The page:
My cmnt: Democrat doctors in communist Russia, Nazi Germany and America (i.e., Dr. Anthony Fauci) have no qualms with experimenting on people, animals or whole populations in their quests for medical knowledge. This long history of medical abuse by authorities was repeated in 2020 with the overblown democrat response to Covid-19. Possibly 100,000s of people died in the U.S. alone because Fauci and friends pooh-poohed the use of readily available and inexpensive drugs like HCQ while lying about the effectiveness of masks and the vaccines.
Some children were infected through injections into the spine. Some men were infected through sex with prostitutes who themselves had been infected with syphilis and gonorrhea by American doctors. Some men had skin scraped off their penises so that doctors could rub syphilis into the cuts. One woman, a patient in a psychiatric hospital, had pus from a gonorrhea patient injected into her eyes.
Between 1945 and 1956, 1,308 orphans, soldiers, mental health patients, prisoners and sex workers in Guatemala were deliberately infected with syphilis and gonorrhea by American doctors. Some were given antibiotics. Many were not. At least 80 people died.
The doctors said they wanted to learn more about sexually transmitted diseases and to see if penicillin could treat syphilis. But they changed their minds about the study objectives over and over again.
The experiments were funded by the National Institutes of Health and approved by the surgeon general. The study wasn’t made public, but in 2005, Susan Reverby, a professor at Wellesley College, discovered study documents in the University of Pittsburgh library.
“I was floored,” she said. Reverby was researching another set of gruesome medical experiments carried out by American doctors (more on that later), when she found the papers about the Guatemala studies.
In 2010, President Barack Obama called Guatemala’s President Alvaro Colom to apologize. An official statement was released by Secretary of State Hillary Clinton and Health and Human Services Secretary Kathleen Sebelius.
The Guatemala study wasn’t the only set of experiments the U.S. government had to apologize for. In 1997, President Bill Clinton said sorry to survivors of unethical medical research funded and carried out by American doctors.
From 1932 to 1972, nearly 400 African American men were deliberately left untreated with syphilis in a study called the Tuskegee Study of Untreated Syphilis in the Negro Male. The men were mostly poor sharecroppers from Macon County, Alabama. (I wrote about the Tuskegee and Guatemala studies in an earlier column.)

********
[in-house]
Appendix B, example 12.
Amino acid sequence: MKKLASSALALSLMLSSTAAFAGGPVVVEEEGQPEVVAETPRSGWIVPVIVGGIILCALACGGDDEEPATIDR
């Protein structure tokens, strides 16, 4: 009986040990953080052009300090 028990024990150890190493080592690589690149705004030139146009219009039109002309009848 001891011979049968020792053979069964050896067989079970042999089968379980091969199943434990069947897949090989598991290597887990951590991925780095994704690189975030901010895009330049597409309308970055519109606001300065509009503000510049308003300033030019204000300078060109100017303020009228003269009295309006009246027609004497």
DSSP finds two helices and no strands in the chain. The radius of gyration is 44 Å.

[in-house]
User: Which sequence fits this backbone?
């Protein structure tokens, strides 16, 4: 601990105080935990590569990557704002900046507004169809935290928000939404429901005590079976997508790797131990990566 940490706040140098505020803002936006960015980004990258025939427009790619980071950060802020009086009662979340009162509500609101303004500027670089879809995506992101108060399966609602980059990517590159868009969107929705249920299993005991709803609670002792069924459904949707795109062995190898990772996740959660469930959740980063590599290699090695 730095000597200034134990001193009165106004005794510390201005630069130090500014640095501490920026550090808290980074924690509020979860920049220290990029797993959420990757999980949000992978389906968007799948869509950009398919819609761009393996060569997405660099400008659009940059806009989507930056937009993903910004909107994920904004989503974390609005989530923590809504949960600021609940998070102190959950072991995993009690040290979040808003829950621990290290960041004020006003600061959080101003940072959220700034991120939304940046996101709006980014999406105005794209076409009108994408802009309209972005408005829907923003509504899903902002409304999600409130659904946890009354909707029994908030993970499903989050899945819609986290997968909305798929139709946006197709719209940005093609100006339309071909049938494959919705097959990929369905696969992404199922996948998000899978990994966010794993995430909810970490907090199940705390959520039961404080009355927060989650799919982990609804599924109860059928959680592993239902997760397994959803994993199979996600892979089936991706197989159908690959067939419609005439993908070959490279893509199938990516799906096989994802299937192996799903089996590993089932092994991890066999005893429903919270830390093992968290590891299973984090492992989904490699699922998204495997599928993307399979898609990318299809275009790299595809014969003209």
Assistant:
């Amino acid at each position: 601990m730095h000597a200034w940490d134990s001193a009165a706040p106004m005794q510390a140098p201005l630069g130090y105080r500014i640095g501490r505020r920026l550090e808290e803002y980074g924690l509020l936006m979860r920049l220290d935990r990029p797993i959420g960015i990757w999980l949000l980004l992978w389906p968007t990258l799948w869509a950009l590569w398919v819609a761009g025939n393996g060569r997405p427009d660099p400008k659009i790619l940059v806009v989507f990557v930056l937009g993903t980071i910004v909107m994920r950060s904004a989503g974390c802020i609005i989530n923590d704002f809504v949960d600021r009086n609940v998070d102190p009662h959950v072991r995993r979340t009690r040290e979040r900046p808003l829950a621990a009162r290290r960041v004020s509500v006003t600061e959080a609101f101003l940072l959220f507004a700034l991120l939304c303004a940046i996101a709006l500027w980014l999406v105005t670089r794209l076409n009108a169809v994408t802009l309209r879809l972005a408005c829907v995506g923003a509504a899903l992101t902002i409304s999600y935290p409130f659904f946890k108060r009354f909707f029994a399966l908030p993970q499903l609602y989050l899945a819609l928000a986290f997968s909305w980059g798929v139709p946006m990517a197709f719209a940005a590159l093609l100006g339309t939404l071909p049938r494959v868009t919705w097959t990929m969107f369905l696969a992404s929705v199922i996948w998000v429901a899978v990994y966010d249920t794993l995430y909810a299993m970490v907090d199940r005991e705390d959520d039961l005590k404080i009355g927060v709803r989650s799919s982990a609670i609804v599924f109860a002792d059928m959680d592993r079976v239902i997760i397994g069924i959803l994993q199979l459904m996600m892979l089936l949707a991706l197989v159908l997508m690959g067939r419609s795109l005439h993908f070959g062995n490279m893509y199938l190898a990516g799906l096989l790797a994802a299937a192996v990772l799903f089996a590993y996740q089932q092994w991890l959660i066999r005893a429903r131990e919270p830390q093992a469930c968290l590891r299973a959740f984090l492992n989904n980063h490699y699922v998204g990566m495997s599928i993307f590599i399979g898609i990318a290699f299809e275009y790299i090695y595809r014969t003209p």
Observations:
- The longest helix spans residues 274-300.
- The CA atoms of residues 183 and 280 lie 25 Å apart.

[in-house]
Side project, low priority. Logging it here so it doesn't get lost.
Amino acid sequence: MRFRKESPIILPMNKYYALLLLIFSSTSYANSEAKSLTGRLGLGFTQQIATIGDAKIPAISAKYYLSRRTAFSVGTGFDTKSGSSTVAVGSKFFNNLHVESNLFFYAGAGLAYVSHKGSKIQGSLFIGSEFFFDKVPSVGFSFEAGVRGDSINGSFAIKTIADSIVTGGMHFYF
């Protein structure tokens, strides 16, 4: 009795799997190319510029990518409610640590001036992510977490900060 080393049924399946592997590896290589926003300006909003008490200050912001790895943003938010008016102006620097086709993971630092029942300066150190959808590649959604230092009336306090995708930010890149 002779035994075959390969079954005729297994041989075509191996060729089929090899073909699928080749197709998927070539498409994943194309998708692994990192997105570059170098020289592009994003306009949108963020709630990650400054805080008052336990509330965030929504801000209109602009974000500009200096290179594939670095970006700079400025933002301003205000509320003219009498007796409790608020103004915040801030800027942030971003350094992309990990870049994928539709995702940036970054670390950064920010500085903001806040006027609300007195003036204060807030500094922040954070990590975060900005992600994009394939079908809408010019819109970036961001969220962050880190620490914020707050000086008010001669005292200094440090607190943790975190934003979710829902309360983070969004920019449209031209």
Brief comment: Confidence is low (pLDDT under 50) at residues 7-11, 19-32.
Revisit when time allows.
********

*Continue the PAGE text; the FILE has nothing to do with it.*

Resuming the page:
Even when penicillin was known to cure syphilis in 1947, the men were left untreated and U.S. Public Health Service doctors experimented on them as they grew sicker. By the end of that study, 128 men had died from syphilis. At least 40 of their wives were infected and 19 of their children were born with the disease.
The effects of these unethical experiments are felt to this day. Some public health experts blame an outbreak of tuberculosis in Marion, Alabama, earlier this year on the U.S. governments history of unethical medical research. (In February, the rate of tuberculosis in Marion was higher than the rates in India and Kenya.)
Marion is a two hour drive from Tuskegee. A deep mistrust of doctors and the medical establishment means some people sick with tuberculosis in Marion have been reluctant to seek help. That may have helped the disease spread, experts say.
If you want to learn more about the Tuskegee medical trial, the film Miss Evers’ Boys, tells the story of a nurse in Macon County who was recruited to take part in the study.
Debunked is your go to site for demystifying science and medicine. Send your questions and conspiracy theories to email@example.com or tweet me @DoctorYasmin. I’m a staff writer at the Dallas Morning News and a professor at the University of Texas at Dallas. I worked as a medical doctor and disease detective before training to be a journalist. And I’m obsessed with conspiracy theories.
Seema Yasmin. Dr. Seema Yasmin, a medical doctor and former disease detective at the Centers for Disease Control and Prevention, is a staff writer at the Dallas Morning News and a professor at the University of Texas at Dallas.